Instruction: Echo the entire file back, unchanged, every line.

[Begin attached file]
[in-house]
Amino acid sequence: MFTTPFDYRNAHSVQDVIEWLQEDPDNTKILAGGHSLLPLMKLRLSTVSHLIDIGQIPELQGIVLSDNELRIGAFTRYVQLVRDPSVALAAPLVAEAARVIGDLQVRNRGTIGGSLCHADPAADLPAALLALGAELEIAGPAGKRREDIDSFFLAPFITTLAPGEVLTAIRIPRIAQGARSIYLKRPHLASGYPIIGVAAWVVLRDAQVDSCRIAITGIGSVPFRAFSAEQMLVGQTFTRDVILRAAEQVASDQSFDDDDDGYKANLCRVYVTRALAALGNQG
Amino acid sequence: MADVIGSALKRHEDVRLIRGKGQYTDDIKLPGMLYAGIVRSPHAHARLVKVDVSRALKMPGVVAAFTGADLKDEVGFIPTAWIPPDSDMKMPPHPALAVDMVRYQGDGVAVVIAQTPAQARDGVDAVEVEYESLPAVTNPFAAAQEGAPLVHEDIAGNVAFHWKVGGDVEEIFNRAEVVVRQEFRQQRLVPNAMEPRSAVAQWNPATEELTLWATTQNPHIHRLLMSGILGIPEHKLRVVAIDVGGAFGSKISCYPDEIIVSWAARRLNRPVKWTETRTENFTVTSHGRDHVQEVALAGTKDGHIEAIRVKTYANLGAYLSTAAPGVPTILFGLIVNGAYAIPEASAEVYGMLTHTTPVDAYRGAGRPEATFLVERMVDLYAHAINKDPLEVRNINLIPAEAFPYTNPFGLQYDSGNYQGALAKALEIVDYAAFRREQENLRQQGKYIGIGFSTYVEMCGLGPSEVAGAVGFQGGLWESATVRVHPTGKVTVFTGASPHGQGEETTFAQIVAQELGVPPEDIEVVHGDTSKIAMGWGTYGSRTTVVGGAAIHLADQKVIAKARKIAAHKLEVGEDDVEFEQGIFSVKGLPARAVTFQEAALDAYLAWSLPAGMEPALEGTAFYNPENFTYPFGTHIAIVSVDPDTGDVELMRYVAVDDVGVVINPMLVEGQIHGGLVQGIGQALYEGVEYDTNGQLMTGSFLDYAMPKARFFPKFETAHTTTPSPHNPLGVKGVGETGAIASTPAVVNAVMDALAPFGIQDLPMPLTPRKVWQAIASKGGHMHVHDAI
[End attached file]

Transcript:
[in-house]
Amino acid sequence: MFTTPFDYRNAHSVQDVIEWLQEDPDNTKILAGGHSLLPLMKLRLSTVSHLIDIGQIPELQGIVLSDNELRIGAFTRYVQLVRDPSVALAAPLVAEAARVIGDLQVRNRGTIGGSLCHADPAADLPAALLALGAELEIAGPAGKRREDIDSFFLAPFITTLAPGEVLTAIRIPRIAQGARSIYLKRPHLASGYPIIGVAAWVVLRDAQVDSCRIAITGIGSVPFRAFSAEQMLVGQTFTRDVILRAAEQVASDQSFDDDDDGYKANLCRVYVTRALAALGNQG
Amino acid sequence: MADVIGSALKRHEDVRLIRGKGQYTDDIKLPGMLYAGIVRSPHAHARLVKVDVSRALKMPGVVAAFTGADLKDEVGFIPTAWIPPDSDMKMPPHPALAVDMVRYQGDGVAVVIAQTPAQARDGVDAVEVEYESLPAVTNPFAAAQEGAPLVHEDIAGNVAFHWKVGGDVEEIFNRAEVVVRQEFRQQRLVPNAMEPRSAVAQWNPATEELTLWATTQNPHIHRLLMSGILGIPEHKLRVVAIDVGGAFGSKISCYPDEIIVSWAARRLNRPVKWTETRTENFTVTSHGRDHVQEVALAGTKDGHIEAIRVKTYANLGAYLSTAAPGVPTILFGLIVNGAYAIPEASAEVYGMLTHTTPVDAYRGAGRPEATFLVERMVDLYAHAINKDPLEVRNINLIPAEAFPYTNPFGLQYDSGNYQGALAKALEIVDYAAFRREQENLRQQGKYIGIGFSTYVEMCGLGPSEVAGAVGFQGGLWESATVRVHPTGKVTVFTGASPHGQGEETTFAQIVAQELGVPPEDIEVVHGDTSKIAMGWGTYGSRTTVVGGAAIHLADQKVIAKARKIAAHKLEVGEDDVEFEQGIFSVKGLPARAVTFQEAALDAYLAWSLPAGMEPALEGTAFYNPENFTYPFGTHIAIVSVDPDTGDVELMRYVAVDDVGVVINPMLVEGQIHGGLVQGIGQALYEGVEYDTNGQLMTGSFLDYAMPKARFFPKFETAHTTTPSPHNPLGVKGVGETGAIASTPAVVNAVMDALAPFGIQDLPMPLTPRKVWQAIASKGGHMHVHDAI